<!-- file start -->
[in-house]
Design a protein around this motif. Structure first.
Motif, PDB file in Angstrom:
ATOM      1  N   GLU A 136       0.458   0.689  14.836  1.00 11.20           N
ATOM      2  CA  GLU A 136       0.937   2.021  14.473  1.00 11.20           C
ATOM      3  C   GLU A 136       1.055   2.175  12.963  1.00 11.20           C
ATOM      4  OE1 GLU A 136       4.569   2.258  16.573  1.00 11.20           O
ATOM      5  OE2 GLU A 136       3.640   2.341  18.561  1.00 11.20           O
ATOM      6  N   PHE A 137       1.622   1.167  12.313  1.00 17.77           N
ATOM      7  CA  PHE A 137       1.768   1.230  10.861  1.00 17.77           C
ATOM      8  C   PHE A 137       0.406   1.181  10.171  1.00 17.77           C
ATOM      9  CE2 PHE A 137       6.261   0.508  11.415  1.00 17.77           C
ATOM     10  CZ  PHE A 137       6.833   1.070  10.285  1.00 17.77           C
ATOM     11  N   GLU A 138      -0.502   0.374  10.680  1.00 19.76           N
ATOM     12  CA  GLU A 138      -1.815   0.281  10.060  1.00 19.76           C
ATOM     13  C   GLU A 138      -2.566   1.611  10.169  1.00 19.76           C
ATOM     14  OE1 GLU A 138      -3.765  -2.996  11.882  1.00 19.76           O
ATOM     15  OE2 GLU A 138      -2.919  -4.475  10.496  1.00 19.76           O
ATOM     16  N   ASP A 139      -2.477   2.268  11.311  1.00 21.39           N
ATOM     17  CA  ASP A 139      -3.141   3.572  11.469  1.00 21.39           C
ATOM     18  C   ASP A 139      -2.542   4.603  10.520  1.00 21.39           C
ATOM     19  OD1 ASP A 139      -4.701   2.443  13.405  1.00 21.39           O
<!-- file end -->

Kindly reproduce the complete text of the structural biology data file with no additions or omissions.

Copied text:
[in-house]
Design a protein around this motif. Structure first.
Motif, PDB file in Angstrom:
ATOM      1  N   GLU A 136       0.458   0.689  14.836  1.00 11.20           N
ATOM      2  CA  GLU A 136       0.937   2.021  14.473  1.00 11.20           C
ATOM      3  C   GLU A 136       1.055   2.175  12.963  1.00 11.20           C
ATOM      4  OE1 GLU A 136       4.569   2.258  16.573  1.00 11.20           O
ATOM      5  OE2 GLU A 136       3.640   2.341  18.561  1.00 11.20           O
ATOM      6  N   PHE A 137       1.622   1.167  12.313  1.00 17.77           N
ATOM      7  CA  PHE A 137       1.768   1.230  10.861  1.00 17.77           C
ATOM      8  C   PHE A 137       0.406   1.181  10.171  1.00 17.77           C
ATOM      9  CE2 PHE A 137       6.261   0.508  11.415  1.00 17.77           C
ATOM     10  CZ  PHE A 137       6.833   1.070  10.285  1.00 17.77           C
ATOM     11  N   GLU A 138      -0.502   0.374  10.680  1.00 19.76           N
ATOM     12  CA  GLU A 138      -1.815   0.281  10.060  1.00 19.76           C
ATOM     13  C   GLU A 138      -2.566   1.611  10.169  1.00 19.76           C
ATOM     14  OE1 GLU A 138      -3.765  -2.996  11.882  1.00 19.76           O
ATOM     15  OE2 GLU A 138      -2.919  -4.475  10.496  1.00 19.76           O
ATOM     16  N   ASP A 139      -2.477   2.268  11.311  1.00 21.39           N
ATOM     17  CA  ASP A 139      -3.141   3.572  11.469  1.00 21.39           C
ATOM     18  C   ASP A 139      -2.542   4.603  10.520  1.00 21.39           C
ATOM     19  OD1 ASP A 139      -4.701   2.443  13.405  1.00 21.39           O